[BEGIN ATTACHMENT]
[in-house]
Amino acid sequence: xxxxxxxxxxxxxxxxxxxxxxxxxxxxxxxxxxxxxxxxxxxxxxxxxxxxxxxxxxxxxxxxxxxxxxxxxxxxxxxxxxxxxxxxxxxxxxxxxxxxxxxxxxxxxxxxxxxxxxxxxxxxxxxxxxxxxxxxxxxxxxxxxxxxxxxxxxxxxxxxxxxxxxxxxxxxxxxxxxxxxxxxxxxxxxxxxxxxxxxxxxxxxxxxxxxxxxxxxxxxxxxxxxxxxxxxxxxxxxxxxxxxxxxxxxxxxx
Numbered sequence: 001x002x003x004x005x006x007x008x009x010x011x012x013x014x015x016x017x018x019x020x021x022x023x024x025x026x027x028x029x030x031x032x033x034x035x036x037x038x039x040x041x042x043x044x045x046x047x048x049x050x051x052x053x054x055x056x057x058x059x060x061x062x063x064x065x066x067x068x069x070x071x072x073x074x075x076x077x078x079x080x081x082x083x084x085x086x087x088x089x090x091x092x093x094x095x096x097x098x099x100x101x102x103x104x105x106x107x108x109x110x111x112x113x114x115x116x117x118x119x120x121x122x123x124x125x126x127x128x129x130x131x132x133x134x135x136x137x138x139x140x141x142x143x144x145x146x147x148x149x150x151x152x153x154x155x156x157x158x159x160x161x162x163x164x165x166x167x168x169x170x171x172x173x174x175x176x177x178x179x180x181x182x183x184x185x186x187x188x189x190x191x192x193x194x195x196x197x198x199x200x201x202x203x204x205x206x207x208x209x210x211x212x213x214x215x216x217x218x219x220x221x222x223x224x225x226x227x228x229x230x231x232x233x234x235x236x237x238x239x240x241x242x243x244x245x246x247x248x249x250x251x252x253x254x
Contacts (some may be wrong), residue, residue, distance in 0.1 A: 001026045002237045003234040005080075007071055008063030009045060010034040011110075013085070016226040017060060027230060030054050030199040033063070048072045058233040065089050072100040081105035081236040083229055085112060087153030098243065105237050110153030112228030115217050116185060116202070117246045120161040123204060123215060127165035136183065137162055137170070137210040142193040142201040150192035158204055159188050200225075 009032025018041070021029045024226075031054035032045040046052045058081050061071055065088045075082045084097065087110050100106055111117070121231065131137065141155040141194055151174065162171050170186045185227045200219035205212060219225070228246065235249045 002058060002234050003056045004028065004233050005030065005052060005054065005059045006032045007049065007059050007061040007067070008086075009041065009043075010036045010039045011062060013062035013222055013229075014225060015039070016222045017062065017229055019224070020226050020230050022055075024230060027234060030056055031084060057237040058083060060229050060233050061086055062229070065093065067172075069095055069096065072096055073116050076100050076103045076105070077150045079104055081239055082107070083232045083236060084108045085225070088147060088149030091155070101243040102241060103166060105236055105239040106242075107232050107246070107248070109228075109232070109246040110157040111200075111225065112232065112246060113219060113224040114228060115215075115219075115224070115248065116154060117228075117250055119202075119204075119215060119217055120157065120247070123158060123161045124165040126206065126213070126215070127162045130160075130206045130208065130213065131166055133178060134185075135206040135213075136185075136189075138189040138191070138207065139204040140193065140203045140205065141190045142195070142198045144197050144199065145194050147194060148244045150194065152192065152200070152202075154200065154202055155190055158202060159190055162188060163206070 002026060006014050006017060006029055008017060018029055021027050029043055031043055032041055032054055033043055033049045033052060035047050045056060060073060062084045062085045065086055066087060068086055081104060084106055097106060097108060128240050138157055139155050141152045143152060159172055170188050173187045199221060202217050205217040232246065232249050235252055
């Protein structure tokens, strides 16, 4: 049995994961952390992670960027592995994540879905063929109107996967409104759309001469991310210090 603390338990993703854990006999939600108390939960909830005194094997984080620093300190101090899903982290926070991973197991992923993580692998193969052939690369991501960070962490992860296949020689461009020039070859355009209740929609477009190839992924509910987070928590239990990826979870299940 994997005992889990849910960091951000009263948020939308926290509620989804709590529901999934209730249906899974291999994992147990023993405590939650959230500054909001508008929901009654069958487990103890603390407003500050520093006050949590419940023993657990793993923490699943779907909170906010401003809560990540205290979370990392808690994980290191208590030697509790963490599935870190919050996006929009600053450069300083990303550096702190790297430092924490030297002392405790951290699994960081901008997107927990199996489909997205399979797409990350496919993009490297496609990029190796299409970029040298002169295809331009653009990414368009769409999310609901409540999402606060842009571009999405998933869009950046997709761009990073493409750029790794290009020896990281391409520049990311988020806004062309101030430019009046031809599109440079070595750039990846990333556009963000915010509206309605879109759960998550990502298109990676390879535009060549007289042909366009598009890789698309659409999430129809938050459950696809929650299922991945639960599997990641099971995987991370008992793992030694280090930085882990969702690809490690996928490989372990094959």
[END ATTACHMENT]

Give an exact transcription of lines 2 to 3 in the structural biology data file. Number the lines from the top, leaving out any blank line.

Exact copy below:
Amino acid sequence: xxxxxxxxxxxxxxxxxxxxxxxxxxxxxxxxxxxxxxxxxxxxxxxxxxxxxxxxxxxxxxxxxxxxxxxxxxxxxxxxxxxxxxxxxxxxxxxxxxxxxxxxxxxxxxxxxxxxxxxxxxxxxxxxxxxxxxxxxxxxxxxxxxxxxxxxxxxxxxxxxxxxxxxxxxxxxxxxxxxxxxxxxxxxxxxxxxxxxxxxxxxxxxxxxxxxxxxxxxxxxxxxxxxxxxxxxxxxxxxxxxxxxxxxxxxxxx
Numbered sequence: 001x002x003x004x005x006x007x008x009x010x011x012x013x014x015x016x017x018x019x020x021x022x023x024x025x026x027x028x029x030x031x032x033x034x035x036x037x038x039x040x041x042x043x044x045x046x047x048x049x050x051x052x053x054x055x056x057x058x059x060x061x062x063x064x065x066x067x068x069x070x071x072x073x074x075x076x077x078x079x080x081x082x083x084x085x086x087x088x089x090x091x092x093x094x095x096x097x098x099x100x101x102x103x104x105x106x107x108x109x110x111x112x113x114x115x116x117x118x119x120x121x122x123x124x125x126x127x128x129x130x131x132x133x134x135x136x137x138x139x140x141x142x143x144x145x146x147x148x149x150x151x152x153x154x155x156x157x158x159x160x161x162x163x164x165x166x167x168x169x170x171x172x173x174x175x176x177x178x179x180x181x182x183x184x185x186x187x188x189x190x191x192x193x194x195x196x197x198x199x200x201x202x203x204x205x206x207x208x209x210x211x212x213x214x215x216x217x218x219x220x221x222x223x224x225x226x227x228x229x230x231x232x233x234x235x236x237x238x239x240x241x242x243x244x245x246x247x248x249x250x251x252x253x254x